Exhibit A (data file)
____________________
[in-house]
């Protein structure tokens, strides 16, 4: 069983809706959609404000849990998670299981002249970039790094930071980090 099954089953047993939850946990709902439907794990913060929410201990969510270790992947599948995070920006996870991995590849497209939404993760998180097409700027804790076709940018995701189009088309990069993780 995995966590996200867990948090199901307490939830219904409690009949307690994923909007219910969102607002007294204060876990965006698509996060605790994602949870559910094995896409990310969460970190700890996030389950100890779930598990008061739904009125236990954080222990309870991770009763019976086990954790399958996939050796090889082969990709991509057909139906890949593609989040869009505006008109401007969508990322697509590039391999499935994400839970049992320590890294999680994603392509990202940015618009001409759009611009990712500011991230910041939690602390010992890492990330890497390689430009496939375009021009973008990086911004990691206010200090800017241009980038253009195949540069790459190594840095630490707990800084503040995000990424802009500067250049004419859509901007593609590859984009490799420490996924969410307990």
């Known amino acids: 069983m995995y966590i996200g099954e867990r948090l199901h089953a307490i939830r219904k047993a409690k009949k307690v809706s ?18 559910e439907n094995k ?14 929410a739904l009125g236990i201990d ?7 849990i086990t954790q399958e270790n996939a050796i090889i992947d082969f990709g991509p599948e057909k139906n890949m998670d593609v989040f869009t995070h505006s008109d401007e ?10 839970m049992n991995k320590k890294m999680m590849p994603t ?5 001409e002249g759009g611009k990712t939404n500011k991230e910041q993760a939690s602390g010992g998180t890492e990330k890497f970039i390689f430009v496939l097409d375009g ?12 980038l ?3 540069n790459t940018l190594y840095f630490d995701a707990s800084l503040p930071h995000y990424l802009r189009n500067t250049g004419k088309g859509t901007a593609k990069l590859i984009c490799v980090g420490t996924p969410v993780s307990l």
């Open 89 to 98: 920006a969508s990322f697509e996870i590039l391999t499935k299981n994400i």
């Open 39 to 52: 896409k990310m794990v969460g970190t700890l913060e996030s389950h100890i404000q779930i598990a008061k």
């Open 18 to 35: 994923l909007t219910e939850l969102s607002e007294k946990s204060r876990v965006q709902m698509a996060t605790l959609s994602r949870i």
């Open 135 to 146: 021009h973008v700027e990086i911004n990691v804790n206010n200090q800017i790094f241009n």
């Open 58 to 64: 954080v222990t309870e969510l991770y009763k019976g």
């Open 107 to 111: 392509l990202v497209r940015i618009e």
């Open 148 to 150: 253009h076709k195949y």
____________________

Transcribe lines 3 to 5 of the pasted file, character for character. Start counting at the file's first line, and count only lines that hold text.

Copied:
């Known amino acids: 069983m995995y966590i996200g099954e867990r948090l199901h089953a307490i939830r219904k047993a409690k009949k307690v809706s ?18 559910e439907n094995k ?14 929410a739904l009125g236990i201990d ?7 849990i086990t954790q399958e270790n996939a050796i090889i992947d082969f990709g991509p599948e057909k139906n890949m998670d593609v989040f869009t995070h505006s008109d401007e ?10 839970m049992n991995k320590k890294m999680m590849p994603t ?5 001409e002249g759009g611009k990712t939404n500011k991230e910041q993760a939690s602390g010992g998180t890492e990330k890497f970039i390689f430009v496939l097409d375009g ?12 980038l ?3 540069n790459t940018l190594y840095f630490d995701a707990s800084l503040p930071h995000y990424l802009r189009n500067t250049g004419k088309g859509t901007a593609k990069l590859i984009c490799v980090g420490t996924p969410v993780s307990l």
């Open 89 to 98: 920006a969508s990322f697509e996870i590039l391999t499935k299981n994400i």
């Open 39 to 52: 896409k990310m794990v969460g970190t700890l913060e996030s389950h100890i404000q779930i598990a008061k």